Funded by the Alfred P. Sloan Foundation, the ECHO Science and Technology Virtual Center is based at George Mason University's Center for History and New Media and provides an excellent entry into this wide-ranging field of study. The authors clearly identify three primary audiences for this eclectic, interesting, and many times entertaining site: historians of science and technology seeking further information on the use of technology to assist in crafting similar projects, the human subjects responsible for much of this knowledge-those living scientists and researchers who have contributed so much to the world's current base of scientific knowledge, and students and others interested in this subject. Due to its broad nature, I would also suggest the site as a general reference starting point for librarians seeking science-related materials.
ECHO might serve purely as a quality Web subject directory for many academic librarians seeking enhanced access to scientific materials and topics, although the site's defined purpose is more specialized than this.
ECHO would make a wonderful addition to any academic librarian's Internet search page. The authors classify the site according to a number of broad categories, including but not limited to the earth, physical, life, and medicine/behavioral sciences, aviation, engineering, and computers. All entries within categories are alphabetical and the majority of them include annotations. Many of the links are housed on Web servers running from academic institutions and professional organizations. Using ECHO, one can locate information on topics ranging from enzyme nomenclature databases to classifications of flowering plants to a "Determination of Latitude by Francis Drake on the Coast of California in 1579." Other useful links include lists of academic programs in the history of science, e-mail lists on scientific topics, and the current featured site "The Barbara McClintock Papers: A Profile in Science at the National Library of Medicine."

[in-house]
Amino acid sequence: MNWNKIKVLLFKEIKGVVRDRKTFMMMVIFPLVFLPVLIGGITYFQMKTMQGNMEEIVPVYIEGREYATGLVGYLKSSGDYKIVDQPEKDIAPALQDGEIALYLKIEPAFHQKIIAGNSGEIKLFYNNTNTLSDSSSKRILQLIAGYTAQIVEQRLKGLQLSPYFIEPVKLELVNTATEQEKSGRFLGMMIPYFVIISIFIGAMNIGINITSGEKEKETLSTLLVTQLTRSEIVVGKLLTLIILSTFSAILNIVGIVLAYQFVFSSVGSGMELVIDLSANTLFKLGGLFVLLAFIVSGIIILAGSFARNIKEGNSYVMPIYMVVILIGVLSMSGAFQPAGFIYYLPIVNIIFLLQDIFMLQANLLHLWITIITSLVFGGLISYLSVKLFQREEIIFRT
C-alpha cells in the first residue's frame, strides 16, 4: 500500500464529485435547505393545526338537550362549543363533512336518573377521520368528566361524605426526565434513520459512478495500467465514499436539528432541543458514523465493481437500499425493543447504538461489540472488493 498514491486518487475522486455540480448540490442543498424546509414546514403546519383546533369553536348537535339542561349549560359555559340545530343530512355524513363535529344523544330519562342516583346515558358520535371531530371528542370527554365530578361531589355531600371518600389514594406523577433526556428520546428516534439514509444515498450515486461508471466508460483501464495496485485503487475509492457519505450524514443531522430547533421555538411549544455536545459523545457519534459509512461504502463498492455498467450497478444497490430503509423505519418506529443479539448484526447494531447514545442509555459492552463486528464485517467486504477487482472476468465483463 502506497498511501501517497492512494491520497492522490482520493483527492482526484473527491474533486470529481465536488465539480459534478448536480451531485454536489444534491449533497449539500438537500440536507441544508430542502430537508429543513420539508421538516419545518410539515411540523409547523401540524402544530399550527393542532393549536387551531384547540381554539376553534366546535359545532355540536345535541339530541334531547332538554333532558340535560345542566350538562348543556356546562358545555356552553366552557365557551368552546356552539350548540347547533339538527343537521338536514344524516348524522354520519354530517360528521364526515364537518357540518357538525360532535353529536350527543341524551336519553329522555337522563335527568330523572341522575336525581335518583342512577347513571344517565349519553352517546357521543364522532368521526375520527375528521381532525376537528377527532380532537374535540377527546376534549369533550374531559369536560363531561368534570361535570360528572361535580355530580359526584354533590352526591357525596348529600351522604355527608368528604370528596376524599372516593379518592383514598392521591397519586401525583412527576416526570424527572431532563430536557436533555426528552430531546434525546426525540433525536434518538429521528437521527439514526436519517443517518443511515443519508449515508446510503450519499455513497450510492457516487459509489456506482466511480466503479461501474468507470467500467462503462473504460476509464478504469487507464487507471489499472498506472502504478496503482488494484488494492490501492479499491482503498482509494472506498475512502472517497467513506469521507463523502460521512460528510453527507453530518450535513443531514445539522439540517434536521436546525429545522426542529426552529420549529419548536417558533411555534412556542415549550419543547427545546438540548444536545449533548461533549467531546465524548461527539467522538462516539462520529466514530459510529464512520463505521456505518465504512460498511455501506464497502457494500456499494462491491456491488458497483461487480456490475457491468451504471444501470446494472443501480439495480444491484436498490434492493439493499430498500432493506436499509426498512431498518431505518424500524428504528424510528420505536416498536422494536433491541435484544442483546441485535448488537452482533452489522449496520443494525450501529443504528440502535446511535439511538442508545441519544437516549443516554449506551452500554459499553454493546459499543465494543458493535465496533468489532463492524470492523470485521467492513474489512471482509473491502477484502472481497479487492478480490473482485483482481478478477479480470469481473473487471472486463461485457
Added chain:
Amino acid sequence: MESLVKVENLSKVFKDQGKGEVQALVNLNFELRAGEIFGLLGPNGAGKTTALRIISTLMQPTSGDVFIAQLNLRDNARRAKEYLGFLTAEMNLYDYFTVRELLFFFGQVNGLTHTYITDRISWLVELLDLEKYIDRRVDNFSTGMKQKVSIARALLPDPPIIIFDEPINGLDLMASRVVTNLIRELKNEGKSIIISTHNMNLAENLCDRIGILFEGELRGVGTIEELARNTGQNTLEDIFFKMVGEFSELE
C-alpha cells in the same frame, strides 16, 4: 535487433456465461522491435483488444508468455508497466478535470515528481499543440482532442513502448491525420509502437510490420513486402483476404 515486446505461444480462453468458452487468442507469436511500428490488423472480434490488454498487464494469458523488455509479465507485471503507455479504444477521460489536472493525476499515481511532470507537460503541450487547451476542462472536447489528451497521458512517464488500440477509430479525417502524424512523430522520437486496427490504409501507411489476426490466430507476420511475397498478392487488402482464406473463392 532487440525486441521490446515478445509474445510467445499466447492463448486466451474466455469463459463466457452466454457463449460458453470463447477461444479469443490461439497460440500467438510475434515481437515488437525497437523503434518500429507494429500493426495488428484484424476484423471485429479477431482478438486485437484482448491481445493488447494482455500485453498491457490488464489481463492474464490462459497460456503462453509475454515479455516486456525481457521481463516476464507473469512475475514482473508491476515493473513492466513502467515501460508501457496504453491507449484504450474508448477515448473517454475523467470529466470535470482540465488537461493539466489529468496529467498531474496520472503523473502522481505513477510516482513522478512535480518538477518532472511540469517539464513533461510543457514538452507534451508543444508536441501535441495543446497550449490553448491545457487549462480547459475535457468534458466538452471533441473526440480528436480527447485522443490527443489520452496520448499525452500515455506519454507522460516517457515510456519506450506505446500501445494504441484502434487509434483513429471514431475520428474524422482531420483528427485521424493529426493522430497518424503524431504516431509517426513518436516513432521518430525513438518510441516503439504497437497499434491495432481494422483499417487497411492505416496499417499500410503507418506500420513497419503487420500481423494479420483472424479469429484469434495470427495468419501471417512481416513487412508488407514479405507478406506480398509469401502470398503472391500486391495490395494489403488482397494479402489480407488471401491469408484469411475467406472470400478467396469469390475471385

The ECHO Science & Technology Virtual Center will prove invaluable to a wide range of academic audiences. Its excellent structure, clearly written pages, and exemplary Web links provide a valuable service to anyone seeking scientific information, from student library users to teaching and research faculty. And an added bonus-it is simply interesting and fun to explore.
Central Washington University